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Microbiological Oxidation of Antimony(III) with Oxygen or Nitrate by Bacteria Isolated from Contaminated Mine Sediments

Overview of attention for article published in Applied and Environmental Microbiology, October 2015
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Title
Microbiological Oxidation of Antimony(III) with Oxygen or Nitrate by Bacteria Isolated from Contaminated Mine Sediments
Published in
Applied and Environmental Microbiology, October 2015
DOI 10.1128/aem.01970-15
Pubmed ID
Authors

Lee R. Terry, Thomas R. Kulp, Heather Wiatrowski, Laurence G. Miller, Ronald S. Oremland

Abstract

Bacterial oxidation of arsenite [As(III)] is a well-studied and important biogeochemical pathway that directly influences the mobility and toxicity of arsenic in the environment. By contrast, little is known about microbiological oxidation of the chemically similar anion, antimonite [Sb(III)]. In this study, two bacterial strains, designated IDSBO-1 and IDSBO-4, that grow on tartrate compounds and oxidize Sb(III) using either oxygen or nitrate, respectively, as terminal electron acceptors were isolated from contaminated mine sediments. Both isolates belonged to the Comamonadacae family and were 99% similar to previously described species. We identify these novel strains as Hydrogenophaga taeniospiralis strain IDSBO-1 and Variovorax paradoxus strain IDSBO-4. Both strains possess a gene with homology to the aioA gene which encodes an As(III)-oxidase, and both oxidize As(III) aerobically, but only IDSBO-4 oxidized Sb(III) in the presence of air while strain IDSBO-1 could achieve this via nitrate-respiration. Our results suggest that expression of aioA is not induced by Sb(III), but may be involved in Sb(III) oxidation along with a Sb(III) specific pathway. Phylogenetic analysis of proteins encoded by the aioA genes revealed a close sequence similarity (90%) among the two isolates and other known As(III) oxidizing bacteria, particularly Acidovorax sp. NO1. Both isolates were capable of chemolithoautotrophic growth using As(III) as a primary electron donor, and strain IDSBO-4 exhibited incorporation of radiolabeled (14)C-bicarbonate while oxidizing Sb(III) from Sb(III)-tartrate, suggesting possible Sb(III)-dependent autotrophy. Enrichment cultures produced the Sb(V) oxide mineral mopungite, and lesser amounts of Sb(III)-bearing senarmontite, as precipitates.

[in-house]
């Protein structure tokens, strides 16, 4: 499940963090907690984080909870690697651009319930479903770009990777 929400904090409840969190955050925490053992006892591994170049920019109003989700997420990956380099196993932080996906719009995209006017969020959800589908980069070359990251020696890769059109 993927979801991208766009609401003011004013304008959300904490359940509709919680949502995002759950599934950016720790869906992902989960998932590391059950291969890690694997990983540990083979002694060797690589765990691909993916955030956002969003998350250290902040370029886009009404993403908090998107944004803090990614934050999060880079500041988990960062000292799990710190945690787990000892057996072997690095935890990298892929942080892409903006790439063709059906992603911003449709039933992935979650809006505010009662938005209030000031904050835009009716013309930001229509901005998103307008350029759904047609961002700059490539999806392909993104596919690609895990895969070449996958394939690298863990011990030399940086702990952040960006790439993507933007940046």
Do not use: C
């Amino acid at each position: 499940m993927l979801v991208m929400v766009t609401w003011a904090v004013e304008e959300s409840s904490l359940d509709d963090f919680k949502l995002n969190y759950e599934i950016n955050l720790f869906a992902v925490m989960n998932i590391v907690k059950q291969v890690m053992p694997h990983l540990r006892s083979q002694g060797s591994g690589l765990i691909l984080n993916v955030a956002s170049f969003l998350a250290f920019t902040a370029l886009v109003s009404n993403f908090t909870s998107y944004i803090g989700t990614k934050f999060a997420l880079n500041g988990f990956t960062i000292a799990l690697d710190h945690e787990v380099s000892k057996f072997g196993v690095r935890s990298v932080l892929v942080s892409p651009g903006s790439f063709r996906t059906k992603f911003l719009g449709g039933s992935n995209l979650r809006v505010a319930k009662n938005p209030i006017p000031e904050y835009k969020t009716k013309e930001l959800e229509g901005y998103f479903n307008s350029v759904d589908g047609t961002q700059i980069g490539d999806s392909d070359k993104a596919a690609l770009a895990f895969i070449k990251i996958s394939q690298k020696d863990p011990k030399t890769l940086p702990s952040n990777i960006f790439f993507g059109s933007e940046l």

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Mendeley readers

The data shown below were compiled from readership statistics for 30 Mendeley readers of this research output. Click here to see the associated Mendeley record.

Geographical breakdown

Country Count As %
Russia 1 3%
Canada 1 3%
Unknown 28 93%

Demographic breakdown

Readers by professional status Count As %
Student > Ph. D. Student 11 37%
Unspecified 5 17%
Student > Master 4 13%
Student > Bachelor 3 10%
Other 3 10%
Other 4 13%
Readers by discipline Count As %
Agricultural and Biological Sciences 7 23%
Unspecified 7 23%
Environmental Science 5 17%
Earth and Planetary Sciences 4 13%
Chemistry 2 7%
Other 5 17%

Attention Score in Context

This research output has an Altmetric Attention Score of 1. This is our high-level measure of the quality and quantity of online attention that it has received. This Attention Score, as well as the ranking and number of research outputs shown below, was calculated when the research output was last mentioned on 09 October 2015.
All research outputs
#7,848,862
of 12,508,562 outputs
Outputs from Applied and Environmental Microbiology
#7,473
of 9,509 outputs
Outputs of similar age
#131,300
of 249,478 outputs
Outputs of similar age from Applied and Environmental Microbiology
#109
of 184 outputs
Altmetric has tracked 12,508,562 research outputs across all sources so far. This one is in the 23rd percentile – i.e., 23% of other outputs scored the same or lower than it.
So far Altmetric has tracked 9,509 research outputs from this source. They typically receive a little more attention than average, with a mean Attention Score of 6.9. This one is in the 14th percentile – i.e., 14% of its peers scored the same or lower than it.
Older research outputs will score higher simply because they've had more time to accumulate mentions. To account for age we can compare this Altmetric Attention Score to the 249,478 tracked outputs that were published within six weeks on either side of this one in any source. This one is in the 37th percentile – i.e., 37% of its contemporaries scored the same or lower than it.
We're also able to compare this research output to 184 others from the same source and published within six weeks on either side of this one. This one is in the 32nd percentile – i.e., 32% of its contemporaries scored the same or lower than it.